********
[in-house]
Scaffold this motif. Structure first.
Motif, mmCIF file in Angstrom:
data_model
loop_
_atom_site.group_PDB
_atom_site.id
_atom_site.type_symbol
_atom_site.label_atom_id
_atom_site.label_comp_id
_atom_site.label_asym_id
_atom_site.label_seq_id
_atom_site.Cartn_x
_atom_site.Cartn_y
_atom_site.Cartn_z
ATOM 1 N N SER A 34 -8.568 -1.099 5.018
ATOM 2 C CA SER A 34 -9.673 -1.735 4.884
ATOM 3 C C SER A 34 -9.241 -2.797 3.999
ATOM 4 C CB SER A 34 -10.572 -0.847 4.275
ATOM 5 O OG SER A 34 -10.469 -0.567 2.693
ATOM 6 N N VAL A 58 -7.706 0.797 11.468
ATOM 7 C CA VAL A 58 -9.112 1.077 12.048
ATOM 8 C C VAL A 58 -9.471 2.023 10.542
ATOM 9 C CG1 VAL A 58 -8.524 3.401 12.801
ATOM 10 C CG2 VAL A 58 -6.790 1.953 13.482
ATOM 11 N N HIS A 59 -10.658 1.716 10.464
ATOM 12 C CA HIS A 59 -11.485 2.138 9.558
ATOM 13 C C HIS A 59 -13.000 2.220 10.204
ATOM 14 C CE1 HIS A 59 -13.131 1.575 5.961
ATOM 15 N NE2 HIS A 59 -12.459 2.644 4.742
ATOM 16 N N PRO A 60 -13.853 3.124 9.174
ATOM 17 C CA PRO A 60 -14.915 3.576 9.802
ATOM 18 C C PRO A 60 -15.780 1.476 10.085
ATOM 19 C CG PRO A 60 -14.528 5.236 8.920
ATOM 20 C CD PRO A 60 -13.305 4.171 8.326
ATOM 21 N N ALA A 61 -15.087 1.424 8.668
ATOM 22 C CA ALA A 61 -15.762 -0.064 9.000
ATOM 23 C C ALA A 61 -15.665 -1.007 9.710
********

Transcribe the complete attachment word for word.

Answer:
[in-house]
Scaffold this motif. Structure first.
Motif, mmCIF file in Angstrom:
data_model
loop_
_atom_site.group_PDB
_atom_site.id
_atom_site.type_symbol
_atom_site.label_atom_id
_atom_site.label_comp_id
_atom_site.label_asym_id
_atom_site.label_seq_id
_atom_site.Cartn_x
_atom_site.Cartn_y
_atom_site.Cartn_z
ATOM 1 N N SER A 34 -8.568 -1.099 5.018
ATOM 2 C CA SER A 34 -9.673 -1.735 4.884
ATOM 3 C C SER A 34 -9.241 -2.797 3.999
ATOM 4 C CB SER A 34 -10.572 -0.847 4.275
ATOM 5 O OG SER A 34 -10.469 -0.567 2.693
ATOM 6 N N VAL A 58 -7.706 0.797 11.468
ATOM 7 C CA VAL A 58 -9.112 1.077 12.048
ATOM 8 C C VAL A 58 -9.471 2.023 10.542
ATOM 9 C CG1 VAL A 58 -8.524 3.401 12.801
ATOM 10 C CG2 VAL A 58 -6.790 1.953 13.482
ATOM 11 N N HIS A 59 -10.658 1.716 10.464
ATOM 12 C CA HIS A 59 -11.485 2.138 9.558
ATOM 13 C C HIS A 59 -13.000 2.220 10.204
ATOM 14 C CE1 HIS A 59 -13.131 1.575 5.961
ATOM 15 N NE2 HIS A 59 -12.459 2.644 4.742
ATOM 16 N N PRO A 60 -13.853 3.124 9.174
ATOM 17 C CA PRO A 60 -14.915 3.576 9.802
ATOM 18 C C PRO A 60 -15.780 1.476 10.085
ATOM 19 C CG PRO A 60 -14.528 5.236 8.920
ATOM 20 C CD PRO A 60 -13.305 4.171 8.326
ATOM 21 N N ALA A 61 -15.087 1.424 8.668
ATOM 22 C CA ALA A 61 -15.762 -0.064 9.000
ATOM 23 C C ALA A 61 -15.665 -1.007 9.710